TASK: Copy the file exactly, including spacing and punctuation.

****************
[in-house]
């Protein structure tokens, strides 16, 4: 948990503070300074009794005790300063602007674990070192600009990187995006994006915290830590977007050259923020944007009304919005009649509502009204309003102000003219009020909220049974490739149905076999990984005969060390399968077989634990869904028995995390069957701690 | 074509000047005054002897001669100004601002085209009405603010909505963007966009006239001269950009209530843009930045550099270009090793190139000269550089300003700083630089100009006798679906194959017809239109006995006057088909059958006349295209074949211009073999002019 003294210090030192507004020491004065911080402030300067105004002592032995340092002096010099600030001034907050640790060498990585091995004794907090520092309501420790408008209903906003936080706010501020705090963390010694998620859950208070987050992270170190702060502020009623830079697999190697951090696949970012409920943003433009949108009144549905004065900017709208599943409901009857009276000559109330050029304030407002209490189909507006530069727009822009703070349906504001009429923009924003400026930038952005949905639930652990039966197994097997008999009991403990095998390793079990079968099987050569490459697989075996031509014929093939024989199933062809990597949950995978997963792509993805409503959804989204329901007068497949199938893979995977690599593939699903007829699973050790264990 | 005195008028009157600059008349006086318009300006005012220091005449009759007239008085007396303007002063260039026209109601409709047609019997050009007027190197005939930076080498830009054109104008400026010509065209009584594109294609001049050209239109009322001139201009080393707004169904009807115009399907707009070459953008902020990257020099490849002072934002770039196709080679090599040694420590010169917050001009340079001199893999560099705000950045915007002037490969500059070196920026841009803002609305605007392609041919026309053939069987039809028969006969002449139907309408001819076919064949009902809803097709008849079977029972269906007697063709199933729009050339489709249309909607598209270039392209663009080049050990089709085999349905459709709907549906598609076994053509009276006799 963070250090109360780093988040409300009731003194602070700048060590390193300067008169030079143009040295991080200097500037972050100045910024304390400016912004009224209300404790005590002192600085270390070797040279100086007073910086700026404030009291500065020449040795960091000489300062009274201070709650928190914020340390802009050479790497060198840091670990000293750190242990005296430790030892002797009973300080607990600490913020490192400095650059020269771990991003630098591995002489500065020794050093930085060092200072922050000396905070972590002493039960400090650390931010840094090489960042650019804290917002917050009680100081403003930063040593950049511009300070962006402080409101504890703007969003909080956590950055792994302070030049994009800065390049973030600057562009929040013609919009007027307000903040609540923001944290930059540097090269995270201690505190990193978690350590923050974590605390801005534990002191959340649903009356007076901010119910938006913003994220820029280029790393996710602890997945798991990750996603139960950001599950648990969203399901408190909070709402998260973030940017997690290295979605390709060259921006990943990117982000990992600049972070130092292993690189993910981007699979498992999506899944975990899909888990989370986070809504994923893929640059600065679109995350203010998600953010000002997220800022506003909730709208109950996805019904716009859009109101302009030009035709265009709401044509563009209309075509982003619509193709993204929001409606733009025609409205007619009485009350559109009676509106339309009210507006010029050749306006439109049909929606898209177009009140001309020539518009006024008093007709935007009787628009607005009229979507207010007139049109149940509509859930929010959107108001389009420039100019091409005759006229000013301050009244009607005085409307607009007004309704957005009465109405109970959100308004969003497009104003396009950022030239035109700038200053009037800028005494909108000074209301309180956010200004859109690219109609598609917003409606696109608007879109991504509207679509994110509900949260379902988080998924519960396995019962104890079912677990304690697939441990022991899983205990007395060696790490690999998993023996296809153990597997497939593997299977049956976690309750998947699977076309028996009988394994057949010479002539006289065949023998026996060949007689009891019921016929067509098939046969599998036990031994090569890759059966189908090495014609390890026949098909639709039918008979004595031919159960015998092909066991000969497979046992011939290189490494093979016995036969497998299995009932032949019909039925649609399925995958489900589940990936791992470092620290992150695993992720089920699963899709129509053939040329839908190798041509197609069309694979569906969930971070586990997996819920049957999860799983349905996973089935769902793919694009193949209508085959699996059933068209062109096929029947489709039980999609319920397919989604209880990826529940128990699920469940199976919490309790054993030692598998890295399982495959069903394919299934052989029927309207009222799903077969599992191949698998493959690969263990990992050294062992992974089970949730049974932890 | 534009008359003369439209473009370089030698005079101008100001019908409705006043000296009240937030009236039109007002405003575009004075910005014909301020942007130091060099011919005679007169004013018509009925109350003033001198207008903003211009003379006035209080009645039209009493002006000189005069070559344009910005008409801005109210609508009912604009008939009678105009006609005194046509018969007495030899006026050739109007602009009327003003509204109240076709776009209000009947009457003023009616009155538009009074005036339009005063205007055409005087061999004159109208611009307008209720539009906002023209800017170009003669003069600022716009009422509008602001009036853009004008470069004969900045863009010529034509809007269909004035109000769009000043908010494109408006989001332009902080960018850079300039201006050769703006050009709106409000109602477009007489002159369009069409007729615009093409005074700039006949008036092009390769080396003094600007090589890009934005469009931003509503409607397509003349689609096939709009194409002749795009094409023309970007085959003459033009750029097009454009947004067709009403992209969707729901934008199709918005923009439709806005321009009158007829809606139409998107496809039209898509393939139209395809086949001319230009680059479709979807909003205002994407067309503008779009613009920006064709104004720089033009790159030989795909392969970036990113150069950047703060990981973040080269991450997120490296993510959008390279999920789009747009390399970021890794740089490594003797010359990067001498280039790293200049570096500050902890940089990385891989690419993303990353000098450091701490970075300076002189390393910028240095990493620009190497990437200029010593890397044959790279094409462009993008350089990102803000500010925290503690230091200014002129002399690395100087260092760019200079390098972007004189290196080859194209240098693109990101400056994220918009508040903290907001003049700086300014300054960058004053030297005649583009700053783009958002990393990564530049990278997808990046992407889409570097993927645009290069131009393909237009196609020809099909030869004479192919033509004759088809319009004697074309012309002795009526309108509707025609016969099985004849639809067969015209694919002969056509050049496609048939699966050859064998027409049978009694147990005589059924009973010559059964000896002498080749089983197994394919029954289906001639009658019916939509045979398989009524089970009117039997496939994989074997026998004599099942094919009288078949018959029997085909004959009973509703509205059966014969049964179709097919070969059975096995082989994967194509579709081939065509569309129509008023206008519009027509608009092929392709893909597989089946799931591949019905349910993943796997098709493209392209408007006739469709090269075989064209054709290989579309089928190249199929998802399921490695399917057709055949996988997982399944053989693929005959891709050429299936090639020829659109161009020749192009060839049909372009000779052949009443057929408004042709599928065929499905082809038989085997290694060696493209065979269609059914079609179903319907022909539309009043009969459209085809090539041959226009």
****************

[in-house]
């Protein structure tokens, strides 16, 4: 948990503070300074009794005790300063602007674990070192600009990187995006994006915290830590977007050259923020944007009304919005009649509502009204309003102000003219009020909220049974490739149905076999990984005969060390399968077989634990869904028995995390069957701690 | 074509000047005054002897001669100004601002085209009405603010909505963007966009006239001269950009209530843009930045550099270009090793190139000269550089300003700083630089100009006798679906194959017809239109006995006057088909059958006349295209074949211009073999002019 003294210090030192507004020491004065911080402030300067105004002592032995340092002096010099600030001034907050640790060498990585091995004794907090520092309501420790408008209903906003936080706010501020705090963390010694998620859950208070987050992270170190702060502020009623830079697999190697951090696949970012409920943003433009949108009144549905004065900017709208599943409901009857009276000559109330050029304030407002209490189909507006530069727009822009703070349906504001009429923009924003400026930038952005949905639930652990039966197994097997008999009991403990095998390793079990079968099987050569490459697989075996031509014929093939024989199933062809990597949950995978997963792509993805409503959804989204329901007068497949199938893979995977690599593939699903007829699973050790264990 | 005195008028009157600059008349006086318009300006005012220091005449009759007239008085007396303007002063260039026209109601409709047609019997050009007027190197005939930076080498830009054109104008400026010509065209009584594109294609001049050209239109009322001139201009080393707004169904009807115009399907707009070459953008902020990257020099490849002072934002770039196709080679090599040694420590010169917050001009340079001199893999560099705000950045915007002037490969500059070196920026841009803002609305605007392609041919026309053939069987039809028969006969002449139907309408001819076919064949009902809803097709008849079977029972269906007697063709199933729009050339489709249309909607598209270039392209663009080049050990089709085999349905459709709907549906598609076994053509009276006799 963070250090109360780093988040409300009731003194602070700048060590390193300067008169030079143009040295991080200097500037972050100045910024304390400016912004009224209300404790005590002192600085270390070797040279100086007073910086700026404030009291500065020449040795960091000489300062009274201070709650928190914020340390802009050479790497060198840091670990000293750190242990005296430790030892002797009973300080607990600490913020490192400095650059020269771990991003630098591995002489500065020794050093930085060092200072922050000396905070972590002493039960400090650390931010840094090489960042650019804290917002917050009680100081403003930063040593950049511009300070962006402080409101504890703007969003909080956590950055792994302070030049994009800065390049973030600057562009929040013609919009007027307000903040609540923001944290930059540097090269995270201690505190990193978690350590923050974590605390801005534990002191959340649903009356007076901010119910938006913003994220820029280029790393996710602890997945798991990750996603139960950001599950648990969203399901408190909070709402998260973030940017997690290295979605390709060259921006990943990117982000990992600049972070130092292993690189993910981007699979498992999506899944975990899909888990989370986070809504994923893929640059600065679109995350203010998600953010000002997220800022506003909730709208109950996805019904716009859009109101302009030009035709265009709401044509563009209309075509982003619509193709993204929001409606733009025609409205007619009485009350559109009676509106339309009210507006010029050749306006439109049909929606898209177009009140001309020539518009006024008093007709935007009787628009607005009229979507207010007139049109149940509509859930929010959107108001389009420039100019091409005759006229000013301050009244009607005085409307607009007004309704957005009465109405109970959100308004969003497009104003396009950022030239035109700038200053009037800028005494909108000074209301309180956010200004859109690219109609598609917003409606696109608007879109991504509207679509994110509900949260379902988080998924519960396995019962104890079912677990304690697939441990022991899983205990007395060696790490690999998993023996296809153990597997497939593997299977049956976690309750998947699977076309028996009988394994057949010479002539006289065949023998026996060949007689009891019921016929067509098939046969599998036990031994090569890759059966189908090495014609390890026949098909639709039918008979004595031919159960015998092909066991000969497979046992011939290189490494093979016995036969497998299995009932032949019909039925649609399925995958489900589940990936791992470092620290992150695993992720089920699963899709129509053939040329839908190798041509197609069309694979569906969930971070586990997996819920049957999860799983349905996973089935769902793919694009193949209508085959699996059933068209062109096929029947489709039980999609319920397919989604209880990826529940128990699920469940199976919490309790054993030692598998890295399982495959069903394919299934052989029927309207009222799903077969599992191949698998493959690969263990990992050294062992992974089970949730049974932890 | 534009008359003369439209473009370089030698005079101008100001019908409705006043000296009240937030009236039109007002405003575009004075910005014909301020942007130091060099011919005679007169004013018509009925109350003033001198207008903003211009003379006035209080009645039209009493002006000189005069070559344009910005008409801005109210609508009912604009008939009678105009006609005194046509018969007495030899006026050739109007602009009327003003509204109240076709776009209000009947009457003023009616009155538009009074005036339009005063205007055409005087061999004159109208611009307008209720539009906002023209800017170009003669003069600022716009009422509008602001009036853009004008470069004969900045863009010529034509809007269909004035109000769009000043908010494109408006989001332009902080960018850079300039201006050769703006050009709106409000109602477009007489002159369009069409007729615009093409005074700039006949008036092009390769080396003094600007090589890009934005469009931003509503409607397509003349689609096939709009194409002749795009094409023309970007085959003459033009750029097009454009947004067709009403992209969707729901934008199709918005923009439709806005321009009158007829809606139409998107496809039209898509393939139209395809086949001319230009680059479709979807909003205002994407067309503008779009613009920006064709104004720089033009790159030989795909392969970036990113150069950047703060990981973040080269991450997120490296993510959008390279999920789009747009390399970021890794740089490594003797010359990067001498280039790293200049570096500050902890940089990385891989690419993303990353000098450091701490970075300076002189390393910028240095990493620009190497990437200029010593890397044959790279094409462009993008350089990102803000500010925290503690230091200014002129002399690395100087260092760019200079390098972007004189290196080859194209240098693109990101400056994220918009508040903290907001003049700086300014300054960058004053030297005649583009700053783009958002990393990564530049990278997808990046992407889409570097993927645009290069131009393909237009196609020809099909030869004479192919033509004759088809319009004697074309012309002795009526309108509707025609016969099985004849639809067969015209694919002969056509050049496609048939699966050859064998027409049978009694147990005589059924009973010559059964000896002498080749089983197994394919029954289906001639009658019916939509045979398989009524089970009117039997496939994989074997026998004599099942094919009288078949018959029997085909004959009973509703509205059966014969049964179709097919070969059975096995082989994967194509579709081939065509569309129509008023206008519009027509608009092929392709893909597989089946799931591949019905349910993943796997098709493209392209408007006739469709090269075989064209054709290989579309089928190249199929998802399921490695399917057709055949996988997982399944053989693929005959891709050429299936090639020829659109161009020749192009060839049909372009000779052949009443057929408004042709599928065929499905082809038989085997290694060696493209065979269609059914079609179903319907022909539309009043009969459209085809090539041959226009």